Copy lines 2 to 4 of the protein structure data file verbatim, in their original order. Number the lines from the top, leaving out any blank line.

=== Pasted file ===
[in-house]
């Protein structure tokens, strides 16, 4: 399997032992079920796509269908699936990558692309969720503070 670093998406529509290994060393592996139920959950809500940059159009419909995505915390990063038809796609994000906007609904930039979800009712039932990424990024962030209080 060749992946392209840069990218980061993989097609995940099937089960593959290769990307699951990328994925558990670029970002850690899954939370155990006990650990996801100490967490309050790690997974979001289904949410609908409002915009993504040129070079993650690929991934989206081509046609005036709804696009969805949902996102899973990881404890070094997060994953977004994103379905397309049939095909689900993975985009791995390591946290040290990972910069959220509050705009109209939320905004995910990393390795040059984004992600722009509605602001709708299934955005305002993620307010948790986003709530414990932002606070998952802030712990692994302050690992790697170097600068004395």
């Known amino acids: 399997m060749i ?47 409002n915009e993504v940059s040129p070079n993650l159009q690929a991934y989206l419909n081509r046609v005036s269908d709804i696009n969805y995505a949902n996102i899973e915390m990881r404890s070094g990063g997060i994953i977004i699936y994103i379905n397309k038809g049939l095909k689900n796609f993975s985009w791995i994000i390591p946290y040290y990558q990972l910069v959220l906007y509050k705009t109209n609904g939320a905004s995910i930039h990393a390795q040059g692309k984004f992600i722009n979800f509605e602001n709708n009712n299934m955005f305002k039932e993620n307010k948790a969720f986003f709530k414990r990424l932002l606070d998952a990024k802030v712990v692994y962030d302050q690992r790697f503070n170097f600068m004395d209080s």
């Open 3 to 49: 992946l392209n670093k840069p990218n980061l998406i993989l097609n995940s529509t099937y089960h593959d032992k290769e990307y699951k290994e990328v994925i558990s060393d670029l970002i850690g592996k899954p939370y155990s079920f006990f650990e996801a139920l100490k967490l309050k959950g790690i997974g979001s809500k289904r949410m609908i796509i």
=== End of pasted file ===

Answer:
């Protein structure tokens, strides 16, 4: 399997032992079920796509269908699936990558692309969720503070 670093998406529509290994060393592996139920959950809500940059159009419909995505915390990063038809796609994000906007609904930039979800009712039932990424990024962030209080 060749992946392209840069990218980061993989097609995940099937089960593959290769990307699951990328994925558990670029970002850690899954939370155990006990650990996801100490967490309050790690997974979001289904949410609908409002915009993504040129070079993650690929991934989206081509046609005036709804696009969805949902996102899973990881404890070094997060994953977004994103379905397309049939095909689900993975985009791995390591946290040290990972910069959220509050705009109209939320905004995910990393390795040059984004992600722009509605602001709708299934955005305002993620307010948790986003709530414990932002606070998952802030712990692994302050690992790697170097600068004395």
């Known amino acids: 399997m060749i ?47 409002n915009e993504v940059s040129p070079n993650l159009q690929a991934y989206l419909n081509r046609v005036s269908d709804i696009n969805y995505a949902n996102i899973e915390m990881r404890s070094g990063g997060i994953i977004i699936y994103i379905n397309k038809g049939l095909k689900n796609f993975s985009w791995i994000i390591p946290y040290y990558q990972l910069v959220l906007y509050k705009t109209n609904g939320a905004s995910i930039h990393a390795q040059g692309k984004f992600i722009n979800f509605e602001n709708n009712n299934m955005f305002k039932e993620n307010k948790a969720f986003f709530k414990r990424l932002l606070d998952a990024k802030v712990v692994y962030d302050q690992r790697f503070n170097f600068m004395d209080s």
């Open 3 to 49: 992946l392209n670093k840069p990218n980061l998406i993989l097609n995940s529509t099937y089960h593959d032992k290769e990307y699951k290994e990328v994925i558990s060393d670029l970002i850690g592996k899954p939370y155990s079920f006990f650990e996801a139920l100490k967490l309050k959950g790690i997974g979001s809500k289904r949410m609908i796509i």